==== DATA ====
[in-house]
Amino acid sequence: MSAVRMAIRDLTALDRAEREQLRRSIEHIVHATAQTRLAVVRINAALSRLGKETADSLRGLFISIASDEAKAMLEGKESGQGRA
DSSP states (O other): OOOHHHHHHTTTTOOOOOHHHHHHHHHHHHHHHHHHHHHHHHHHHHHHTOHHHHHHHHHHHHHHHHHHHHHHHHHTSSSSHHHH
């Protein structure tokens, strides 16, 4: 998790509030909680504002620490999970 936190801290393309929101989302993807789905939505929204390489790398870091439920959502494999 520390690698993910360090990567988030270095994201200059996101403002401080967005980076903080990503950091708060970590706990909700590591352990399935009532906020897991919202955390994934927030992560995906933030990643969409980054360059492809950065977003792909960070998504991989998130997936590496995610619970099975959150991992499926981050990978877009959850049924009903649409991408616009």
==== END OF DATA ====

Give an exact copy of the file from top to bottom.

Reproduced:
[in-house]
Amino acid sequence: MSAVRMAIRDLTALDRAEREQLRRSIEHIVHATAQTRLAVVRINAALSRLGKETADSLRGLFISIASDEAKAMLEGKESGQGRA
DSSP states (O other): OOOHHHHHHTTTTOOOOOHHHHHHHHHHHHHHHHHHHHHHHHHHHHHHTOHHHHHHHHHHHHHHHHHHHHHHHHHTSSSSHHHH
């Protein structure tokens, strides 16, 4: 998790509030909680504002620490999970 936190801290393309929101989302993807789905939505929204390489790398870091439920959502494999 520390690698993910360090990567988030270095994201200059996101403002401080967005980076903080990503950091708060970590706990909700590591352990399935009532906020897991919202955390994934927030992560995906933030990643969409980054360059492809950065977003792909960070998504991989998130997936590496995610619970099975959150991992499926981050990978877009959850049924009903649409991408616009």